Additionally, although the plaintiff alleged a violation of Industrial Code § 23-1.22 (c) (1) for the first time in opposition to the cross motion, this was not fatal to his claim, since no new factual allegations were involved, no new theories of liability were set forth, and no prejudice was caused to the defendants (see Kelleir v Supreme Indus. Park, 293 AD2d 513, 514 ). As to that claim, the defendants failed to demonstrate, prima facie, that the relevant section of the Industrial Code, which pertains, inter alia, to a platform used as a working area, was inapplicable to this action (see Silvas v Bridgeview Invs., LLC, 79 AD3d 727 ).
However, the Supreme Court should have granted that branch of the defendants' cross motion which was for summary judgment dismissing the Labor Law § 241 (6) cause of action insofar as predicated on alleged violations of Industrial Code §§ 23-1.7, 23-1.15, 23-1.16, 23-1.17 and 23-3.3. The defendants established, prima facie, that those sections of the Industrial Code are not applicable. Specifically, contrary to the plaintiff's contention, Industrial Code § 23-1.7 (b) applies to hazardous openings, not elevated hazards such as the one in this case (see Allan v DHL Express [USA], Inc., 99 AD3d at 831; Forschner v Jucca Co., 63 AD3d 996, 999 ). In addition, Industrial Code § 23-1.15 concerns standards for safety railings (see 12 NYCRR 23-1.15). Here, there was no allegation that the railing in this case failed, but, rather, that the planks on the catwalk broke and the plaintiff fell through up to his thigh. Industrial Code § 23-1.16 concerns safety belts, harnesses, tail lines, and lifelines (see 12 NYCRR 23-1.16) and, since it is undisputed that the plaintiff was not wearing any of these devices at the time when he fell, and that such devices were offered, there was no violation of this provision. Industrial Code § 23-1.17 concerns life nets (see 12 NYCRR 23-1.17). Therefore, since the plaintiff did not fall all of the way through the catwalk but, rather, fell only a few feet, the lack or failure of a life net could not be a proximate cause of his injury. Lastly, Industrial Code § 23-3.3 concerns "Demolition by hand" (12 NYCRR 23-3.3). Here, since the plaintiff was not engaged in demolition, defined as "[t]he work incidental to or associated with the total or partial dismantling or razing of a building or other structure" (Industrial Code § 23-1.4 [b] ), this section does not apply.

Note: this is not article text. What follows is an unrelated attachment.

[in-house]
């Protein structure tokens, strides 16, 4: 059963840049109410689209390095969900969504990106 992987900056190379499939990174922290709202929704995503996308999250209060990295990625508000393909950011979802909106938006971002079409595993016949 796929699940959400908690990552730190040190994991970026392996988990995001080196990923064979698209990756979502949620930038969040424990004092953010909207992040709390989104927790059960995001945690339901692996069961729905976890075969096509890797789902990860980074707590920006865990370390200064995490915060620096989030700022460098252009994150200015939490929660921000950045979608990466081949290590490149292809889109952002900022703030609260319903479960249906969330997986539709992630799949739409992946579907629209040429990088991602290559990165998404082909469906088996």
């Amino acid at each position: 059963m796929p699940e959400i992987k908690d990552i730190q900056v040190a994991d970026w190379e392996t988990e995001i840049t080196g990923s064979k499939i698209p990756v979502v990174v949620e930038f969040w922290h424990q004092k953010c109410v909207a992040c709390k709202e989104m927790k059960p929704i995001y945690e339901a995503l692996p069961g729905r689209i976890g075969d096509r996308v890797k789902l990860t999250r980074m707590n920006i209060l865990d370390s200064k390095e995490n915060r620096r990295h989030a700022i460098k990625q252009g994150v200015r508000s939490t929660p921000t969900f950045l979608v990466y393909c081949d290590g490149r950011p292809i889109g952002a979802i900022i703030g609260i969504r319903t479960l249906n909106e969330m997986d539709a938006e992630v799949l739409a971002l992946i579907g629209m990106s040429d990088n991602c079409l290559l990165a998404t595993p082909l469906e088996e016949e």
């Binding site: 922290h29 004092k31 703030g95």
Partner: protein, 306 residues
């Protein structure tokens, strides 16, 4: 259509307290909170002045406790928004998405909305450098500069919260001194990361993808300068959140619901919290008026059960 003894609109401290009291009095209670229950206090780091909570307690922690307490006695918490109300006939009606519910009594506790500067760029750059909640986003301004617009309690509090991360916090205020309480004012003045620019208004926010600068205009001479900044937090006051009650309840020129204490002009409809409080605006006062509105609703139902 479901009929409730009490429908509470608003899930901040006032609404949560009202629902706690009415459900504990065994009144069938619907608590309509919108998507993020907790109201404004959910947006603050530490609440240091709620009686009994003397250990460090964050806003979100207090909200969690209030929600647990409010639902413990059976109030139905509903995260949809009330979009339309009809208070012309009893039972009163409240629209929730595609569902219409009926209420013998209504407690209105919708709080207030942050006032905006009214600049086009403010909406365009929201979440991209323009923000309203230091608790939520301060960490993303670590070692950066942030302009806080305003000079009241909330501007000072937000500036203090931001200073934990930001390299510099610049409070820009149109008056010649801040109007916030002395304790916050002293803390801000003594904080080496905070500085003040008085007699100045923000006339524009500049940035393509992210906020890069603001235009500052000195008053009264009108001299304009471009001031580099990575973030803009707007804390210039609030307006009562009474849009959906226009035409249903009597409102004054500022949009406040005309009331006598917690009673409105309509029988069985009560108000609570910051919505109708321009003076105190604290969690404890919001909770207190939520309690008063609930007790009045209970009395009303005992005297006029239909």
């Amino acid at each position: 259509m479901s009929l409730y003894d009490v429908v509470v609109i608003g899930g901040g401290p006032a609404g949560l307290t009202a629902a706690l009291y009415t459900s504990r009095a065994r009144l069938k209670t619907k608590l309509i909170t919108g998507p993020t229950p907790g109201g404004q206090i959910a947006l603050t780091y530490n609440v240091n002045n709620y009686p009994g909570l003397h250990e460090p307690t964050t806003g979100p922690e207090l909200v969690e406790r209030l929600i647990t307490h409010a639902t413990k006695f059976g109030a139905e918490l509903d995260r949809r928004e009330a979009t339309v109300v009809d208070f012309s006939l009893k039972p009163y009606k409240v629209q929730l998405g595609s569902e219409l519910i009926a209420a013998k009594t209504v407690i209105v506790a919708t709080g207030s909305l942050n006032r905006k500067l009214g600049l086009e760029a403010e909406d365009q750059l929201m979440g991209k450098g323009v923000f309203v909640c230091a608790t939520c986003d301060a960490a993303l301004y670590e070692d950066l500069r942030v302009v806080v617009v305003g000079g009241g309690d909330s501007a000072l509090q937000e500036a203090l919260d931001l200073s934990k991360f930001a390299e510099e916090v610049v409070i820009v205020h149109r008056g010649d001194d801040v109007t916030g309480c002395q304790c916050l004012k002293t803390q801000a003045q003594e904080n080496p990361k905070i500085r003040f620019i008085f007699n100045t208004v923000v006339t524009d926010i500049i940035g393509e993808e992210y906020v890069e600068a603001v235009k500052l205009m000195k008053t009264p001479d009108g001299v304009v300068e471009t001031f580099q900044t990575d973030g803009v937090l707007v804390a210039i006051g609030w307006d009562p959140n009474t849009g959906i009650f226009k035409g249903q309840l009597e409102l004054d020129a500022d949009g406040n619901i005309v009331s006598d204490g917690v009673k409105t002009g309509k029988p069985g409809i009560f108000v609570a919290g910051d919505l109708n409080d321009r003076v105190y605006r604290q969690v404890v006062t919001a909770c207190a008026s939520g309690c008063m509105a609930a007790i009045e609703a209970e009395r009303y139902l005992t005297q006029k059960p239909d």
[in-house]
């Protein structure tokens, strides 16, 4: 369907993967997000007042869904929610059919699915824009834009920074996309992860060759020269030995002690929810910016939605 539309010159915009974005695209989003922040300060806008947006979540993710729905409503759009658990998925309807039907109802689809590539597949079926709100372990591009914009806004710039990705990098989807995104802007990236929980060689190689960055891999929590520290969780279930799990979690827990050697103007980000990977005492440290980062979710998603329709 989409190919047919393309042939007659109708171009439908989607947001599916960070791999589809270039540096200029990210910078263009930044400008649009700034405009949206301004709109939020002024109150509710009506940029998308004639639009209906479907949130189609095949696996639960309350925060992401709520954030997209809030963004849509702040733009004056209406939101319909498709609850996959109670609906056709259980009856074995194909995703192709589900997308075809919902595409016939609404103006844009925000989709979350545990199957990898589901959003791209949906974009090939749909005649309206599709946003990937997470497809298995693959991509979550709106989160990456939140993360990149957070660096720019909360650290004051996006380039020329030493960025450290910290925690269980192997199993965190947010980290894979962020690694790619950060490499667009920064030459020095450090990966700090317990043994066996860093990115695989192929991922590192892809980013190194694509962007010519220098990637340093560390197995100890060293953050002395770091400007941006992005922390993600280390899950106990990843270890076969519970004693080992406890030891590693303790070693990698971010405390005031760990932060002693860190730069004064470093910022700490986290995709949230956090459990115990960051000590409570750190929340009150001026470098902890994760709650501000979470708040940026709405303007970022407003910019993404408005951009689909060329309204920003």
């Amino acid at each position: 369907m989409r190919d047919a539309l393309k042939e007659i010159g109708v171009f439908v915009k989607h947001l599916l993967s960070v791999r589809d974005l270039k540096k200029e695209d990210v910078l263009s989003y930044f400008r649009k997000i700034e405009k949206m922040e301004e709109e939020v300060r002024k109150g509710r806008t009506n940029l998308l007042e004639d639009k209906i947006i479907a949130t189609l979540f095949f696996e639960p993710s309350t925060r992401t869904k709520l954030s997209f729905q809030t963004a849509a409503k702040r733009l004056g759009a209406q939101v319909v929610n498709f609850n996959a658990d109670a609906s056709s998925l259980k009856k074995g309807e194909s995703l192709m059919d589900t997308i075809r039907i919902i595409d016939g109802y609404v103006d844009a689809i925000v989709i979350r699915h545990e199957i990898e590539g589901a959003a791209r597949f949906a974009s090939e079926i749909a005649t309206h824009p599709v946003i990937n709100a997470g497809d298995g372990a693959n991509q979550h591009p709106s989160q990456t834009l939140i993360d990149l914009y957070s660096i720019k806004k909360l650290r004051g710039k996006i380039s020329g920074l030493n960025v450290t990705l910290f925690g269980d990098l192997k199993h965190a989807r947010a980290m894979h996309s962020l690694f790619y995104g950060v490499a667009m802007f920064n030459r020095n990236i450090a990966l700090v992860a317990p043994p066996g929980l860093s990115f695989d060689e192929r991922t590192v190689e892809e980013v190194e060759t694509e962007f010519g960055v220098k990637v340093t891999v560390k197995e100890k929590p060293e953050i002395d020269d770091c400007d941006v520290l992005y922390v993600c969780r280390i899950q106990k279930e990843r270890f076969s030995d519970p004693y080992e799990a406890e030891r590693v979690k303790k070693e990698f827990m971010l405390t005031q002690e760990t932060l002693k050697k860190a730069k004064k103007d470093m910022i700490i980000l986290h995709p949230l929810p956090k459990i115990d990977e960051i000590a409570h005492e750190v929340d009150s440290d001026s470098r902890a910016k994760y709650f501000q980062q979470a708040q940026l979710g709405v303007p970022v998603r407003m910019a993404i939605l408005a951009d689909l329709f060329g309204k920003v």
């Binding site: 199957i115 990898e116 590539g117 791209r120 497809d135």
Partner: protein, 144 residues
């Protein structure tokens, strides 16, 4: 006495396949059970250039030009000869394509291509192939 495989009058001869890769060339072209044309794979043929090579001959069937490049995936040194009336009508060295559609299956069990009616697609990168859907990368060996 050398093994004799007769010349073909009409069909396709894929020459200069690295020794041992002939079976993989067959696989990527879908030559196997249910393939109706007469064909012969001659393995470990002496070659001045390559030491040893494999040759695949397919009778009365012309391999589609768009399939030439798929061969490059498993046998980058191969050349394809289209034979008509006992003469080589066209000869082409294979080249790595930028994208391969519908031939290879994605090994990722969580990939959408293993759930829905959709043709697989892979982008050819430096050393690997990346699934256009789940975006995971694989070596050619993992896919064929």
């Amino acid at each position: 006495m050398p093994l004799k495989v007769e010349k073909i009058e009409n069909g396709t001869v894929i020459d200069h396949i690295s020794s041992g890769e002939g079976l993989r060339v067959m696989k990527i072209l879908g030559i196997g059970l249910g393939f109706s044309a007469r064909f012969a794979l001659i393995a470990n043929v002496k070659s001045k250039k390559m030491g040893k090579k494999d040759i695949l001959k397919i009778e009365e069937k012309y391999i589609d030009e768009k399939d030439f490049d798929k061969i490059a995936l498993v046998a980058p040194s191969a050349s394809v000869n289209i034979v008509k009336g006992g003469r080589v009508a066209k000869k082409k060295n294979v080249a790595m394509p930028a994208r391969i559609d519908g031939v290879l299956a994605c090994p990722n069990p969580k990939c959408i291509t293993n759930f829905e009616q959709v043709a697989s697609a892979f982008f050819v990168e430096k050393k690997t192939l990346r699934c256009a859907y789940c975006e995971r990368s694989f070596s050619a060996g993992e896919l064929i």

Labor Law § 200 "is a codification of the common-law duty imposed upon an owner or general contractor to maintain a safe construction site" (Rizzuto v L.A. Wenger Contr. Co., 91 NY2d 343, 352 ). Where, as here, a "premises condition is at issue, property owners may be held liable for a violation of Labor Law § 200 if the owner either created the dangerous condition that caused the accident or had actual or constructive notice of the dangerous condition that caused the accident" (Ortega v Puccia, 57 AD3d 54, 61 ; see Aguilera v Pistilli Constr. & Dev. Corp., 63 AD3d 763, 764 ). In opposition to the defendants' prima facie showing that they lacked actual notice of a dangerous condition, the plaintiff's deposition testimony that he had seen rotten, discolored planks on the catwalk and had reported the condition to the defendants' foreman on three occasions in the two months prior to his accident was sufficient to raise a triable issue of fact as to whether the defendants had actual notice of the dangerous condition. Moreover, photographs of the broken catwalk in the record show cracked, warped, and discolored planks. Thus, the defendants failed to establish, prima facie, that they lacked constructive notice of the alleged defect (see Aguilera v Pistilli Constr. & Dev. Corp., 63 AD3d at 764). Accordingly, the Supreme Court properly denied that branch of the defendants' cross motion which was for summary judgment dismissing the Labor Law § 200 cause of action, regardless of the sufficiency of the opposition papers (see generally [*3]Winegrad v New York Univ. Med. Ctr., 64 NY2d 851, 853 ). Mastro, J.P., Hall, Lott and Sgroi, JJ., concur.